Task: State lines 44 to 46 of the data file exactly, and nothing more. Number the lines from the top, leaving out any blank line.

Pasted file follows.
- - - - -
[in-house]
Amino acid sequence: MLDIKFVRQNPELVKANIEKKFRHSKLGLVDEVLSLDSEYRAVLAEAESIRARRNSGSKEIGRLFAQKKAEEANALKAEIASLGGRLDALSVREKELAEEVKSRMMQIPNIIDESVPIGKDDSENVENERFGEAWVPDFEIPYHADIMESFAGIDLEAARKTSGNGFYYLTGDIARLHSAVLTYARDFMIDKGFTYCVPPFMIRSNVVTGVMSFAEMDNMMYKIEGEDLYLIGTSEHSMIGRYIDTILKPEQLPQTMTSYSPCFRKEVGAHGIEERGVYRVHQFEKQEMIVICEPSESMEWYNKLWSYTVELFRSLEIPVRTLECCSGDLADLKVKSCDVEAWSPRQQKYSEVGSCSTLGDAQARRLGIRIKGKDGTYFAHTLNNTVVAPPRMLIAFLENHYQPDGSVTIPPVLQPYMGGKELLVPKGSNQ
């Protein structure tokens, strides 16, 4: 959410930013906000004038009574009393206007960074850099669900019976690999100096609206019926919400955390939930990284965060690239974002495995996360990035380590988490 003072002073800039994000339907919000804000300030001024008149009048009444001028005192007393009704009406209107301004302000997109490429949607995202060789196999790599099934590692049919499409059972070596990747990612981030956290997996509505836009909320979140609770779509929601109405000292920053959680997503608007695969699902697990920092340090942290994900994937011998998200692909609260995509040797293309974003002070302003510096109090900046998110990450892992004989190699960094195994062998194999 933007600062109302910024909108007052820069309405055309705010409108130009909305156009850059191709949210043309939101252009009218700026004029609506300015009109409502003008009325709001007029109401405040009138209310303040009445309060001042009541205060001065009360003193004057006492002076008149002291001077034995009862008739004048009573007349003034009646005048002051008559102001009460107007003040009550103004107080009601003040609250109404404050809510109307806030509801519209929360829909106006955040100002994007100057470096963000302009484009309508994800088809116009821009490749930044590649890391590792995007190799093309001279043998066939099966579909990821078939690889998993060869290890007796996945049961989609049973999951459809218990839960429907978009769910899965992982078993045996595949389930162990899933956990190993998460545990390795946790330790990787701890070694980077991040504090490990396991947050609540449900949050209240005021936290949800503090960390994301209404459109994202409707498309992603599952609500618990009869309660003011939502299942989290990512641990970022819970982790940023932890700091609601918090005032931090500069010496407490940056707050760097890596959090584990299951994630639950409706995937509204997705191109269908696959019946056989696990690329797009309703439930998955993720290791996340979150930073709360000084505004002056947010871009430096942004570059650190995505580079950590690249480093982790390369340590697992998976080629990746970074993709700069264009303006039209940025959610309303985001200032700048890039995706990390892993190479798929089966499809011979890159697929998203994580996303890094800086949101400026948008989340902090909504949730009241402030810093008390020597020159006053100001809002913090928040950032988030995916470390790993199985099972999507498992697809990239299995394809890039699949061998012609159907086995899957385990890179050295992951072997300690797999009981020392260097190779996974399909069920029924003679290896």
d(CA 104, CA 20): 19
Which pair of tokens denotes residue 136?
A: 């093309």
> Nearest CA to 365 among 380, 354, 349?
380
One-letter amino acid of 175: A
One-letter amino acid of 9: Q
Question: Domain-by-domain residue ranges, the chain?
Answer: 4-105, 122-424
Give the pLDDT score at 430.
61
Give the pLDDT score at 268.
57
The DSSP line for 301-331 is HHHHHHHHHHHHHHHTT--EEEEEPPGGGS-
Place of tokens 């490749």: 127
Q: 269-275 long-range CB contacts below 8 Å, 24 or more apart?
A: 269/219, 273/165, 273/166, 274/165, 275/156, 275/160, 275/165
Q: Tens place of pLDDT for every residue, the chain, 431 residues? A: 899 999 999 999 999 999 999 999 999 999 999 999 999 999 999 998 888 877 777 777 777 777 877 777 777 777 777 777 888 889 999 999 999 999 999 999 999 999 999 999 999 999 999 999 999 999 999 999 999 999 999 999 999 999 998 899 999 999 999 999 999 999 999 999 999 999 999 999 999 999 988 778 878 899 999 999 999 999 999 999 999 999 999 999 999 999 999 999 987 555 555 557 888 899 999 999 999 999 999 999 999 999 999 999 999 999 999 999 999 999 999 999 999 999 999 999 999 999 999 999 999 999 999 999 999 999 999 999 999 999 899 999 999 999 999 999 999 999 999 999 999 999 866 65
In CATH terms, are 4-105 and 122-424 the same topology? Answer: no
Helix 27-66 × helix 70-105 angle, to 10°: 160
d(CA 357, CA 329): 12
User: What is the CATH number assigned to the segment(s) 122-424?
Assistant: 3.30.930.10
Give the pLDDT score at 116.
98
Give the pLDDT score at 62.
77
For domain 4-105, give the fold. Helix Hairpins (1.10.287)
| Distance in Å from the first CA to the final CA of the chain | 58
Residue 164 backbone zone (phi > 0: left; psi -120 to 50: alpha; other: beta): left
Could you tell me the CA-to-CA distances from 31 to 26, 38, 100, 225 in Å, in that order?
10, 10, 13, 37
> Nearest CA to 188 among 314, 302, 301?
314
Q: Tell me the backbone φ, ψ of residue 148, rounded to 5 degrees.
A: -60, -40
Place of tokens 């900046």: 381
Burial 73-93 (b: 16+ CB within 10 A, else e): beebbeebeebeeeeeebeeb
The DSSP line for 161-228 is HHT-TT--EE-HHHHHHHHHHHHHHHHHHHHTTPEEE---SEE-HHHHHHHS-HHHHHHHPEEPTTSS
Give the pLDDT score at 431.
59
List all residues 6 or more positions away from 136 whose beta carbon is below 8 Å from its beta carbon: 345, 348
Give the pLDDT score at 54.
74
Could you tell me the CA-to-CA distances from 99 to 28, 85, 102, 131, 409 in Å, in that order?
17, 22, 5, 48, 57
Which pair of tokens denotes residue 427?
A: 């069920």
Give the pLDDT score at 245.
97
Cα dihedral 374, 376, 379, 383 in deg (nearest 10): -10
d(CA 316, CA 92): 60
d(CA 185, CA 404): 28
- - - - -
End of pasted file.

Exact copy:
59
List all residues 6 or more positions away from 136 whose beta carbon is below 8 Å from its beta carbon: 345, 348
Give the pLDDT score at 54.